Representations of Islam, Muslims, and Middle Eastern people in popular media often distort the lived experiences of these communities. Although these negative representations have a centuries-long history, many of them resurfaced and came to dominate popular understandings of Islam and the Middle East after the September 11, 2001 terrorist attacks in the United States. This resource guide showcases how these stereotypes operate in media, discusses their impact upon Muslim and Middle Eastern communities, and demonstrates how to combat these biases in pursuit of inclusive & diverse learning environments.
- Ali S. Asani, "Exploring Muslim Understandings of Islam," (Center for Middle Eastern Studies, Harvard University)
- John Green, "Crash Course World History: Islam, the Quran, and the Five Pillars All Without a Flamewar," PBS Learning Media
The following four articles discuss the work of Nour Kteily and his colleagues on the psychology behind stereotyping, dehumanization, and Islamophobia:
- The dark psychology of dehumanization, explainted [Vox Media]
- All Muslims are often blamed for single acts of terror. Psychology explains how to stop it. [Vox Media]
- Psychologists surveyed hundreds of alt-right supporters. The results are unsettling. [Vox Media]
- The Best Way to Combat Anti-Muslim Bias [Pacific Standard]
Three articles by social scientists writing for the Washington Post's Monkey Cage blog:
- How fringe attacks on American Muslims became mainstream [PDF]
- Muslims are the least popular religious group in the U.S. They're disliked even more than atheists. [PDF]
- The news media offer slanted coverage of Muslim countries treatment of women [PDF]
Reporting from the The Guardian (UK) on anti-Islamic sentiment in the United States:
- Sharia threat bandwagon just keeps rolling on [The Guardian] - This article is useful for identifying the five basic premises of the anti-Sharia conspiracy theory in the United States. Some or all of these premises routinely re-appear in public attacks and denunciations of Islam and Muslims, regardless of context.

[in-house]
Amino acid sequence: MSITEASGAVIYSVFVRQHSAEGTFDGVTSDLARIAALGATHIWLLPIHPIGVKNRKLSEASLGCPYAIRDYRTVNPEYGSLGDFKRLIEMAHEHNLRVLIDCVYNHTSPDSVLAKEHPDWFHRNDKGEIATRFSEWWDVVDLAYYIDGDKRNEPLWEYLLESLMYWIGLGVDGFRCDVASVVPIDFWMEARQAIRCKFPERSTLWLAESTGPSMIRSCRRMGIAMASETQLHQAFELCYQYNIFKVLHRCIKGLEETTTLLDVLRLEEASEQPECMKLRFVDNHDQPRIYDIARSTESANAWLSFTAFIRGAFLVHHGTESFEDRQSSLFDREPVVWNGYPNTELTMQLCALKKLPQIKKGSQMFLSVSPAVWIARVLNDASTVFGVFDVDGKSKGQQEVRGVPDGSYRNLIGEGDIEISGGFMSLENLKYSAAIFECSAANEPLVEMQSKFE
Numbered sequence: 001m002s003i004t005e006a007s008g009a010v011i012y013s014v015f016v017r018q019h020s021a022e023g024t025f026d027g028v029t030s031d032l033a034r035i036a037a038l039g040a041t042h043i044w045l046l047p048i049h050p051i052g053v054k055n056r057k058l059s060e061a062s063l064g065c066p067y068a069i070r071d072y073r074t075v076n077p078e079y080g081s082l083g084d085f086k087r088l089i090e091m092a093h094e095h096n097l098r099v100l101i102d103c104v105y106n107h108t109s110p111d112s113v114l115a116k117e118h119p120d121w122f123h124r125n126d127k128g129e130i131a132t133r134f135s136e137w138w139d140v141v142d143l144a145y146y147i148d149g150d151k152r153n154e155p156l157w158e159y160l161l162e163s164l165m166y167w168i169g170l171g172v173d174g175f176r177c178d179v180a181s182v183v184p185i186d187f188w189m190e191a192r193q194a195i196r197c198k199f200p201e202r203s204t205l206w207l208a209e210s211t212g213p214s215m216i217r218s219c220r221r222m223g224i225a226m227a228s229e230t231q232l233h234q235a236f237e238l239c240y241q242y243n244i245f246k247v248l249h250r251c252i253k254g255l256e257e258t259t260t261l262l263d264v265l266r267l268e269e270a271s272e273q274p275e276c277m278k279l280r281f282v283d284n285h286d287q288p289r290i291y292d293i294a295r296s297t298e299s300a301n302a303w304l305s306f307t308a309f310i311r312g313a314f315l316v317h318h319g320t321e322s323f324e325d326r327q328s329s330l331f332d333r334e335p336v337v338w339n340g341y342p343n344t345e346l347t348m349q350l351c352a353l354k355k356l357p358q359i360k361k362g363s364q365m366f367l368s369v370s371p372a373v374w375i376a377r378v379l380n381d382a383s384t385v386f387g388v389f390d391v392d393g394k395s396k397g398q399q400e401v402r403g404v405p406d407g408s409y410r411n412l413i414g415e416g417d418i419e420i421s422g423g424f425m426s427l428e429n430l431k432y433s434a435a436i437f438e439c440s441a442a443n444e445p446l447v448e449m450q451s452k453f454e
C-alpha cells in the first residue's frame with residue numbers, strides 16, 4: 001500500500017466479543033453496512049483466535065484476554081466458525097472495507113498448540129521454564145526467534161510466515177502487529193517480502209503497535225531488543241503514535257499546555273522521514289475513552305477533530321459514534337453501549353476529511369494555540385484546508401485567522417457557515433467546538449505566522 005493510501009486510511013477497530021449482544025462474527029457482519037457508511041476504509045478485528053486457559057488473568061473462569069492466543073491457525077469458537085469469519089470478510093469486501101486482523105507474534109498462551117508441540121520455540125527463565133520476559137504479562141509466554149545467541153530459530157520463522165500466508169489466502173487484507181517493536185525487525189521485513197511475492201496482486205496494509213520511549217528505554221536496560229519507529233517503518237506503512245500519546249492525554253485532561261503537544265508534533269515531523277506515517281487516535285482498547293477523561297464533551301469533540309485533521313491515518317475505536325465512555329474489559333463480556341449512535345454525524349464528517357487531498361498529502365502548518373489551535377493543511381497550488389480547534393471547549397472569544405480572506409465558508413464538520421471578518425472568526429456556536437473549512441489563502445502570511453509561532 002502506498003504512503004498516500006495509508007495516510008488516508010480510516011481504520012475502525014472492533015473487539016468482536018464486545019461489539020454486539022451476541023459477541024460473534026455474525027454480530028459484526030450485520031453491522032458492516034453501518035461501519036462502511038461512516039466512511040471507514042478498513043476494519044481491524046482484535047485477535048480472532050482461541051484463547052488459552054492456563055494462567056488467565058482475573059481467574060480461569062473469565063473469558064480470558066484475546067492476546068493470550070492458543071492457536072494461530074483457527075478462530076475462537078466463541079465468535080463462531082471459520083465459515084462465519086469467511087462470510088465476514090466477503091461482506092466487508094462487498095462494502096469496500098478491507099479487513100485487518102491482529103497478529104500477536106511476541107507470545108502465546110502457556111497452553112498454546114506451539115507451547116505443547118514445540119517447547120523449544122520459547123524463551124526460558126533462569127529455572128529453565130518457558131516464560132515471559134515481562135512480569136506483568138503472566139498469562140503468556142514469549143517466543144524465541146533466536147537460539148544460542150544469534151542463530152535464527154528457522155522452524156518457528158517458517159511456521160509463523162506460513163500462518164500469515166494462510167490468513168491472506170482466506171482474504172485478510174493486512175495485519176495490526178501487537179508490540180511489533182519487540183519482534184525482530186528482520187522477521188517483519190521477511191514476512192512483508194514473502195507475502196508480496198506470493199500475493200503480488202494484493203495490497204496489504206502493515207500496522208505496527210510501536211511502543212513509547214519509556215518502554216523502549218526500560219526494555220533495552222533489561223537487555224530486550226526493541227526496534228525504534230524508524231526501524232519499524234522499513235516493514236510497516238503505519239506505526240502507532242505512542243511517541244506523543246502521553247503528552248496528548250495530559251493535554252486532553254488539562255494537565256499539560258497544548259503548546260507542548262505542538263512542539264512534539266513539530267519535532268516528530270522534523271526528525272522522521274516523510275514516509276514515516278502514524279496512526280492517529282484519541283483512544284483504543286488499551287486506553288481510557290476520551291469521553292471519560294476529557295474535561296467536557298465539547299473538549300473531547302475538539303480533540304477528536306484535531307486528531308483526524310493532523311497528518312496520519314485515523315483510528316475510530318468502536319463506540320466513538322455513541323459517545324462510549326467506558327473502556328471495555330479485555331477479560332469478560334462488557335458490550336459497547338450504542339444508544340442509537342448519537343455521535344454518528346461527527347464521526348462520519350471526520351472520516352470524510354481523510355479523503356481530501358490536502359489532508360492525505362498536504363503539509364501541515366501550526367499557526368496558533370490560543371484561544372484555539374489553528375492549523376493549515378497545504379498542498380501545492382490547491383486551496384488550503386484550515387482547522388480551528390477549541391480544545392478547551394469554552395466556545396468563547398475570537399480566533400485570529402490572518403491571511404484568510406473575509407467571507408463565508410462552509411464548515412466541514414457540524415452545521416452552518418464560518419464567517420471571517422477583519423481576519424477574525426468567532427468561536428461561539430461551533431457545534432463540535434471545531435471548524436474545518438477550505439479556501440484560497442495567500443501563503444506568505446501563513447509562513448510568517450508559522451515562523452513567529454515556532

- The fight for the right to be a Muslim in Ameica [The Guardian]
- Anti-sharia laws proliferate as Trump strikes hostile tone toward Muslims [The Guardian]
- Dearborn, Michigan [Guardian Documentaries] - "In the last 12 months the city of Dearborn, Michigan, has been thrown into conflict. At its heart, the conflict is about fear, ideology and identity politics – and what it means to be an American. Dearborn, home to the largest mosque in North America, is a place of apparent contradictions: simultaneously a sleepy, affluent suburb and yet also the subject of rumours about Isis terror cells and sharia law." Released on August 17, 2017.
The following two articles were published by The Atlantic. The first article, by Caner K. Dagli, a professor of Islamic studies, is titled "The Phony Islam of ISIS." It is a response to The Atlantic's March 2015 cover story, "What ISIS Really Wants," by Graeme Wood. Educators can read and assign these articles in any order. One approach would be to read Graeme's lengthier article first and then analyze Dagli's response. To save time, educators could also have their students read Dagli's response first and then review only the portions of the Graeme article that Dagli quotes, paraphrases, or references. Reading and analyzing these articles affords students the opportunity to examine, engage, and question the idea that ISIS' -- or other extremists' -- interpretation of Islam stands at the core of Islamic history, experience, and tradition:
- The Phony Islam of ISIS by Caner K. Dagli [The Atlantic]
- What ISIS Really Wants by Graeme Wood [The Atlantic]
Lesson Plan: Using Multiple Sources to Understand Media Representations of Muslims and related readings:
- Snake and Stranger - Media Coverage of Muslims and Refugee Policy [PDF] - Published by the Harvard Kennedy School Shorenstein Center on Media, Politics and Public Policy. This report is also published online and accompanied by a podcast in which the author summarizes the context and findings of her research.
- We're not Islamophobic, Mr. Obama, we just don't want to get blown up [PDF] - Fox News
- Syrian refugee screening process reveals progress and pitfalls [PDF] - Fox News
- While other countries turn Syrian refugees away, Canadians are taking them home [PDF] - Washington Post Magazine